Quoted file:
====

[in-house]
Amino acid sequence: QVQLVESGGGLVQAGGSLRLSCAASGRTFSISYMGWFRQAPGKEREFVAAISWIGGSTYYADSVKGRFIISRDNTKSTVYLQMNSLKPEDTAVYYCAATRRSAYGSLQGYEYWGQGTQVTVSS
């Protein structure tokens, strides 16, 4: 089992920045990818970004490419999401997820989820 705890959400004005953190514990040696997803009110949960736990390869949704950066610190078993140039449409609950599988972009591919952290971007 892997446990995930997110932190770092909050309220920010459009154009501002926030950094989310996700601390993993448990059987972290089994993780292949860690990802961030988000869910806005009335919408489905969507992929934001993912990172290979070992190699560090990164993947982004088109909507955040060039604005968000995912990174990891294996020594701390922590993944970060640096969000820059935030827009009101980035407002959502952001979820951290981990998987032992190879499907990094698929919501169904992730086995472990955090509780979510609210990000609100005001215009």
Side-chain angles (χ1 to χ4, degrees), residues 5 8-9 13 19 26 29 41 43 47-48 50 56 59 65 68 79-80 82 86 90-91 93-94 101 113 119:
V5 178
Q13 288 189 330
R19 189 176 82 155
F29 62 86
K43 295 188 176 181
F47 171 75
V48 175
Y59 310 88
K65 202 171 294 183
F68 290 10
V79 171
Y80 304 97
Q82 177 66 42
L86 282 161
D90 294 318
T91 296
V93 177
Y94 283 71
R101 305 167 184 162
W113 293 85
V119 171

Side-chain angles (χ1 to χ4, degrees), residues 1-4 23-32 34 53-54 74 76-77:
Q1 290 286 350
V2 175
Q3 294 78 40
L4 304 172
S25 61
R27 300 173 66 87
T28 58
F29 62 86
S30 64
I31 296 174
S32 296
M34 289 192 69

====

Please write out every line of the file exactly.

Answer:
[in-house]
Amino acid sequence: QVQLVESGGGLVQAGGSLRLSCAASGRTFSISYMGWFRQAPGKEREFVAAISWIGGSTYYADSVKGRFIISRDNTKSTVYLQMNSLKPEDTAVYYCAATRRSAYGSLQGYEYWGQGTQVTVSS
């Protein structure tokens, strides 16, 4: 089992920045990818970004490419999401997820989820 705890959400004005953190514990040696997803009110949960736990390869949704950066610190078993140039449409609950599988972009591919952290971007 892997446990995930997110932190770092909050309220920010459009154009501002926030950094989310996700601390993993448990059987972290089994993780292949860690990802961030988000869910806005009335919408489905969507992929934001993912990172290979070992190699560090990164993947982004088109909507955040060039604005968000995912990174990891294996020594701390922590993944970060640096969000820059935030827009009101980035407002959502952001979820951290981990998987032992190879499907990094698929919501169904992730086995472990955090509780979510609210990000609100005001215009």
Side-chain angles (χ1 to χ4, degrees), residues 5 8-9 13 19 26 29 41 43 47-48 50 56 59 65 68 79-80 82 86 90-91 93-94 101 113 119:
V5 178
Q13 288 189 330
R19 189 176 82 155
F29 62 86
K43 295 188 176 181
F47 171 75
V48 175
Y59 310 88
K65 202 171 294 183
F68 290 10
V79 171
Y80 304 97
Q82 177 66 42
L86 282 161
D90 294 318
T91 296
V93 177
Y94 283 71
R101 305 167 184 162
W113 293 85
V119 171

Side-chain angles (χ1 to χ4, degrees), residues 1-4 23-32 34 53-54 74 76-77:
Q1 290 286 350
V2 175
Q3 294 78 40
L4 304 172
S25 61
R27 300 173 66 87
T28 58
F29 62 86
S30 64
I31 296 174
S32 296
M34 289 192 69